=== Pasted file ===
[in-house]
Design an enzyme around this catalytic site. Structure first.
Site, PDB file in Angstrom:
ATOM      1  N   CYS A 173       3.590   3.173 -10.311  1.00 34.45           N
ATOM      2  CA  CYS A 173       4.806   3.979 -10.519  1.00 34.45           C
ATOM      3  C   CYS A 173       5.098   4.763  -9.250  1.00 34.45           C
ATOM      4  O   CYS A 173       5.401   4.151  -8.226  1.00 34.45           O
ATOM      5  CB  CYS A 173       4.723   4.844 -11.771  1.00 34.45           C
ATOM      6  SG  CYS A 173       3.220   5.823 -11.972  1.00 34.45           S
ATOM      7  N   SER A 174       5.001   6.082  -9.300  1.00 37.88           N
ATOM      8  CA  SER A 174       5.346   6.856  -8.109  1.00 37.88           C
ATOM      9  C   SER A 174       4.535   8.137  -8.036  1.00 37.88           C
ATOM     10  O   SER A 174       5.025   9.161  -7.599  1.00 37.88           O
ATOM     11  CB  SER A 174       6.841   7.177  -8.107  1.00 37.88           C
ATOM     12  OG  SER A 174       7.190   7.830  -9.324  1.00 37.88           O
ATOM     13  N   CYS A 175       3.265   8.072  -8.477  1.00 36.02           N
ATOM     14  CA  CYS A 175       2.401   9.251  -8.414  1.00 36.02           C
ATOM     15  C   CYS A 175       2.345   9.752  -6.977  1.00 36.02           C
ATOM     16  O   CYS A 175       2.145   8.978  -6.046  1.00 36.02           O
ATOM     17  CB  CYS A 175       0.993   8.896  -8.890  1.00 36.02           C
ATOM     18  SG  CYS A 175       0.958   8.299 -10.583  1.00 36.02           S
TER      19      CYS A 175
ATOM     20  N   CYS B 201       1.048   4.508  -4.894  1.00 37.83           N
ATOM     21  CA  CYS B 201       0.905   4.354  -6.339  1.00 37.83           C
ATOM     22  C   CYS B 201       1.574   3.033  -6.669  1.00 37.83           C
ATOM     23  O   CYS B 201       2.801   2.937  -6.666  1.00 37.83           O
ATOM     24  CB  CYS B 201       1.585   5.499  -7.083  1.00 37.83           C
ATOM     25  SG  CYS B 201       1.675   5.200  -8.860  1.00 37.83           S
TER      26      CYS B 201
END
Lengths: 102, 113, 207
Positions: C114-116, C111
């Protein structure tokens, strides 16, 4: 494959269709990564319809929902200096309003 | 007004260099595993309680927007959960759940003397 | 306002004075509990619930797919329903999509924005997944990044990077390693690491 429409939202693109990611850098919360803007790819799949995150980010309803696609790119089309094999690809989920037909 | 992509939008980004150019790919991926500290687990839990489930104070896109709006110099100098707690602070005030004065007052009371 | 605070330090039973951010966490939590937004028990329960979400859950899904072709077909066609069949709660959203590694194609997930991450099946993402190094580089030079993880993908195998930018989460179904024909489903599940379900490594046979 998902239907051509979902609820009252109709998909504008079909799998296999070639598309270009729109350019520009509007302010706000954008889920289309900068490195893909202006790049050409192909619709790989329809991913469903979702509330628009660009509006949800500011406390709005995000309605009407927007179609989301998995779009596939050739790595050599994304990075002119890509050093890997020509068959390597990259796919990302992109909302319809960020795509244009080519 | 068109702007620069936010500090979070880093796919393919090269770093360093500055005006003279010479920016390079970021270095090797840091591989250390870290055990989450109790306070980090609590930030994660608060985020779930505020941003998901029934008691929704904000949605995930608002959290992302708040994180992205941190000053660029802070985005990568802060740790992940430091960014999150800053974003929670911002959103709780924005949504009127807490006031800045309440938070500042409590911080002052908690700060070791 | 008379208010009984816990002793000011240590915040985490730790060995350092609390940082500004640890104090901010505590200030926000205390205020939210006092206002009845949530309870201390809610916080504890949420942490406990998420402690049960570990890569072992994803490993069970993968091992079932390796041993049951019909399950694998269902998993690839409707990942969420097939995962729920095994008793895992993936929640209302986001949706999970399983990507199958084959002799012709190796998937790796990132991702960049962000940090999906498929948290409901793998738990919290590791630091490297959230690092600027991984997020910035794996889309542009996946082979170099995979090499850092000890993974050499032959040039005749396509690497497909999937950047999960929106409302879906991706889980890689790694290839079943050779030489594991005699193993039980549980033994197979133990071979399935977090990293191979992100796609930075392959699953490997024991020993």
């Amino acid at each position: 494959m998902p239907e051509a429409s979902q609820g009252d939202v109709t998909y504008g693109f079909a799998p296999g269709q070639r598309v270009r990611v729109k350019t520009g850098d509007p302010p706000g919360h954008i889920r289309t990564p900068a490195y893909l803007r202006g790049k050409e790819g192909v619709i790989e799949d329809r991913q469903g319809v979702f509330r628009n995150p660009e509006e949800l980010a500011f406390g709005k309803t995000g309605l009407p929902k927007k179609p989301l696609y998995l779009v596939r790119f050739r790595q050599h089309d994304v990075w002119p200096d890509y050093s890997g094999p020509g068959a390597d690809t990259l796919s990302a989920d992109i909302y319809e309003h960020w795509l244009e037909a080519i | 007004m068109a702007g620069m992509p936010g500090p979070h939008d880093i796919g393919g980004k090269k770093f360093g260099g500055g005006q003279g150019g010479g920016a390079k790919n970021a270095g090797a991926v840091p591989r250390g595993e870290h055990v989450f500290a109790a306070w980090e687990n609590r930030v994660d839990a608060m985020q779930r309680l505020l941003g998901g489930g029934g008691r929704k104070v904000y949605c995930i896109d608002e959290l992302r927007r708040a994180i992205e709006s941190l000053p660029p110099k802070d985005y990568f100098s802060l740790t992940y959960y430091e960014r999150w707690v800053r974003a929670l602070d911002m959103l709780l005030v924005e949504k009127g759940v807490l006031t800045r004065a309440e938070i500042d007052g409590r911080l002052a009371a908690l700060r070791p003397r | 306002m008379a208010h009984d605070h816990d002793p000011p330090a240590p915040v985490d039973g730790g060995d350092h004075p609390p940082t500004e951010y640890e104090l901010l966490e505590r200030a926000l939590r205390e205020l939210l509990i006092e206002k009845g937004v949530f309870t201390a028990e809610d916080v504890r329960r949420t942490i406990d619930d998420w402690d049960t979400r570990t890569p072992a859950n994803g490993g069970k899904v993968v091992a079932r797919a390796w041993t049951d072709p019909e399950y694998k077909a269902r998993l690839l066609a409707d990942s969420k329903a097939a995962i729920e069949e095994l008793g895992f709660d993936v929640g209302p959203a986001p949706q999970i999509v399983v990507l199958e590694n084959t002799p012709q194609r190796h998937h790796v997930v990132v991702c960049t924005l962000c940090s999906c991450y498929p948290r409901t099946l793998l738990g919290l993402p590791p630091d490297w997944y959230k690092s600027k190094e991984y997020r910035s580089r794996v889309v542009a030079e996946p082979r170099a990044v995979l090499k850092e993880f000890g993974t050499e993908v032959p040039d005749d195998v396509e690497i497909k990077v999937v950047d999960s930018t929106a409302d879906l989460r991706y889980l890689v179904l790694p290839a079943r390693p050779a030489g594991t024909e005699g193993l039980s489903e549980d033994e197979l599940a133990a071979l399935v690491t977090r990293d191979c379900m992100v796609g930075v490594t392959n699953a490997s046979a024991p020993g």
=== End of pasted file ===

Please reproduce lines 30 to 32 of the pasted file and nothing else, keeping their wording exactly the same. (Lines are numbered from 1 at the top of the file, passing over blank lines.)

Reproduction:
END
Lengths: 102, 113, 207
Positions: C114-116, C111